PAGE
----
I read it everyday ...

http://www.lipmantimes.com/

Posted by: fozzy13 | November 8, 2009 1:14 PM | Report abuse

Will you please listen to the people who vote for you?

We don't want a goverment plan
We do want insurance to be sold across state lines
We do want the preexisting rules removed
We do want employers to offer insurance either fully insured or self funded with out taxing them on plans. We are tired of secret meetings that promise power and money to people WE voted for. Shame on you if you are taking money for a vote!

Posted by: Fall2009 | November 8, 2009 5:09 PM | Report abuse

We certainly need health care reform, but not in the way it is being directed. The first action to take must be to forbid advertising of prescription drugs. All the money used for advertising, drug dealers visits to doctors offices and buying influence in Washington not only drives our health care costs up but inhibits progress in stemming our worsening national health problems by not allowing information, other than that directed by the pharmaceutical companies, to reach the general public. True health care should be directed at improving health without consideration for profits.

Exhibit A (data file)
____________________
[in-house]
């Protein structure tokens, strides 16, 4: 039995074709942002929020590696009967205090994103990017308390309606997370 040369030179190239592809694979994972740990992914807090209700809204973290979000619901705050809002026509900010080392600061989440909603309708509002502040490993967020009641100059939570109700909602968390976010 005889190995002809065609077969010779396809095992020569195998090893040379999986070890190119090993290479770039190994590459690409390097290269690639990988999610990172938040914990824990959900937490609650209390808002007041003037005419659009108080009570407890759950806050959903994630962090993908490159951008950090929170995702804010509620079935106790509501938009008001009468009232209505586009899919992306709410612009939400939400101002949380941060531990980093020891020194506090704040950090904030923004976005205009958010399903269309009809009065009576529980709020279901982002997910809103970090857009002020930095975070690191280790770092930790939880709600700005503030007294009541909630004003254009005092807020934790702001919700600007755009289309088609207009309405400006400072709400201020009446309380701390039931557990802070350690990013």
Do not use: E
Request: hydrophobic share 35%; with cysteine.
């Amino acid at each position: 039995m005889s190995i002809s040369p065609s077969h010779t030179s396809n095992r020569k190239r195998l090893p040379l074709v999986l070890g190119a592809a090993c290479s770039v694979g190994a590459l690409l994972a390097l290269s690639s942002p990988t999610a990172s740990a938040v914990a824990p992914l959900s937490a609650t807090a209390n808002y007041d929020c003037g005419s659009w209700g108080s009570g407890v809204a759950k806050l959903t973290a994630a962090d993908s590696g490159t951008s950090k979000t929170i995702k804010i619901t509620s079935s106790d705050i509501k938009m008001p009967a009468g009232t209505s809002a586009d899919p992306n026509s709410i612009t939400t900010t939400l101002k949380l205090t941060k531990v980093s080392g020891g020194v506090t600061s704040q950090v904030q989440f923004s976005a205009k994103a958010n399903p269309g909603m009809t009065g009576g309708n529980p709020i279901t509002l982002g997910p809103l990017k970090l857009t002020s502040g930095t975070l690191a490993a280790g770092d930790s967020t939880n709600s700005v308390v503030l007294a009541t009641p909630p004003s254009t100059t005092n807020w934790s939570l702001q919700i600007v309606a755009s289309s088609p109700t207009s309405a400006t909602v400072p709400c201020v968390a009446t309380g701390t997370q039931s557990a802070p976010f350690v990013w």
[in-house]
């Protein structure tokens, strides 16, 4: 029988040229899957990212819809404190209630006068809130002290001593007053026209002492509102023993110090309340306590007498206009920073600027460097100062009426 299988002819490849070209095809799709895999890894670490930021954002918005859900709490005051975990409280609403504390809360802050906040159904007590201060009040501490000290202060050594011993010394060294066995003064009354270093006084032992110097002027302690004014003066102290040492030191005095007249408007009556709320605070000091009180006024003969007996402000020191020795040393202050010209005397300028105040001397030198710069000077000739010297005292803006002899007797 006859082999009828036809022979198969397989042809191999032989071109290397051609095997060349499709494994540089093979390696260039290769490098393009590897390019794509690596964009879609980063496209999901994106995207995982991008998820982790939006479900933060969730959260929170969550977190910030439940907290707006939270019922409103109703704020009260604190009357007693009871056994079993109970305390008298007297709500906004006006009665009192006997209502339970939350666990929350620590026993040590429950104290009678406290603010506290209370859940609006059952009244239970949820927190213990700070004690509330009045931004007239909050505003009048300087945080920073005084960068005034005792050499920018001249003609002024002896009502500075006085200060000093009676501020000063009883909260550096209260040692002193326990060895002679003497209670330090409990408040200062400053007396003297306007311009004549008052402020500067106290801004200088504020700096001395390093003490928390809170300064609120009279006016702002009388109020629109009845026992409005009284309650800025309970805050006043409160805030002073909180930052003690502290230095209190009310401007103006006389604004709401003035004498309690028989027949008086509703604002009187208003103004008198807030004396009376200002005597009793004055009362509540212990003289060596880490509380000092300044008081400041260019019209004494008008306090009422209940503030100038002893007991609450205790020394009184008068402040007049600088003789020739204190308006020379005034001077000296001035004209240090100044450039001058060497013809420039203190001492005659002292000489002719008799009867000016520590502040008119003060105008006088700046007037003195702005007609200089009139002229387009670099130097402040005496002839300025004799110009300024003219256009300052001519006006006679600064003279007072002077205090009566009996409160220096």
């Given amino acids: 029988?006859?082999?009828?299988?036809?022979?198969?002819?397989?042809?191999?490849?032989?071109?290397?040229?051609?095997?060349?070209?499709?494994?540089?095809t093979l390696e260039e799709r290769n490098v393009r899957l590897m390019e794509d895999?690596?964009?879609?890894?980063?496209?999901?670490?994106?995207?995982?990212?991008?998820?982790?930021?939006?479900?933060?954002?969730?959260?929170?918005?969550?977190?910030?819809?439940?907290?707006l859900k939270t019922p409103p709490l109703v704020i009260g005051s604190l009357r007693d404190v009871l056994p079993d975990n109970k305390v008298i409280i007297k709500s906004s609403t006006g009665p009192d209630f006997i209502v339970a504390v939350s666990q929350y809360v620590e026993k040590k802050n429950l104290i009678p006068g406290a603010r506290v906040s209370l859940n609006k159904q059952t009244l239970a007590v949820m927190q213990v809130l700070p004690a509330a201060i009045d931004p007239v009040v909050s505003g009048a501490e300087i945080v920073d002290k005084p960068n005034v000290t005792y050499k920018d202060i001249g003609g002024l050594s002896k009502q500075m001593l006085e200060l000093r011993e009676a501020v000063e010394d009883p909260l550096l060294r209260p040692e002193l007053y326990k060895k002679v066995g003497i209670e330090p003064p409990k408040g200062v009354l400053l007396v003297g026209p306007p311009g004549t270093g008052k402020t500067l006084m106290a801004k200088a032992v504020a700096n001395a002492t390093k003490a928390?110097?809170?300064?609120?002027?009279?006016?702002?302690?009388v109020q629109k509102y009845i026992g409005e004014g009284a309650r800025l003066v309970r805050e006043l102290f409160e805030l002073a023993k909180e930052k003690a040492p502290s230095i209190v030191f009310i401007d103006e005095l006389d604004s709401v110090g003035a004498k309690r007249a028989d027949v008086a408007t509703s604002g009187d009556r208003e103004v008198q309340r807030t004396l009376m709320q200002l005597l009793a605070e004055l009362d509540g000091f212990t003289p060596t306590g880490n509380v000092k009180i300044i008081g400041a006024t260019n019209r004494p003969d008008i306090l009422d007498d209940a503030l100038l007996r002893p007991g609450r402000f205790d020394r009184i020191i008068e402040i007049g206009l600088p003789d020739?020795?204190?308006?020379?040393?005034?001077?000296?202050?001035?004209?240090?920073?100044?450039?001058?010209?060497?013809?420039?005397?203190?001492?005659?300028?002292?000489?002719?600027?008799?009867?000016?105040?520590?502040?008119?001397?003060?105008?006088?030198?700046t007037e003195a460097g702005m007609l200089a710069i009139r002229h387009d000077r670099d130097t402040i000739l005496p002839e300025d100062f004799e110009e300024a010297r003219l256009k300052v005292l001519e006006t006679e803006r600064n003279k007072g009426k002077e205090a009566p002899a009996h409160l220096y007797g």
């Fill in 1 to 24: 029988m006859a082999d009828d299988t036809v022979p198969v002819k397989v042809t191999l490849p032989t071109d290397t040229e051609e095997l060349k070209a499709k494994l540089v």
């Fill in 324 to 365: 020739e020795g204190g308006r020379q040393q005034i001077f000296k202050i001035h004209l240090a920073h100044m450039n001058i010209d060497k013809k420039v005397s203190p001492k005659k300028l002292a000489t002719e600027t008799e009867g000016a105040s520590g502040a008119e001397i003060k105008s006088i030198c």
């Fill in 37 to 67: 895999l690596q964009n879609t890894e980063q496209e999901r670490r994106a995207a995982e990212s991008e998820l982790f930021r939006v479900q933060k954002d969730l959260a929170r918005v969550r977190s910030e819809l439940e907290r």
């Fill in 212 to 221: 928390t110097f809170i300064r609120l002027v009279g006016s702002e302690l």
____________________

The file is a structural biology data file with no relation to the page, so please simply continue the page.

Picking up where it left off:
Posted by: mdemartini | November 8, 2009 5:28 PM | Report abuse

The current US health plan has many loopholes.

1. It does not qualify Americans for any additional health benefits who beside getting some social security also have some hard and small amount of money lying in their IRA account for a rainy day.For instance I and my wife get some social secuity which is not enough for our living needs unless we use some additional money from our IRA account every year to offset the shortage.Using our IRA every year to offset our medical needs is like gradually cutting our own resting branch to a dead end. Question is what then?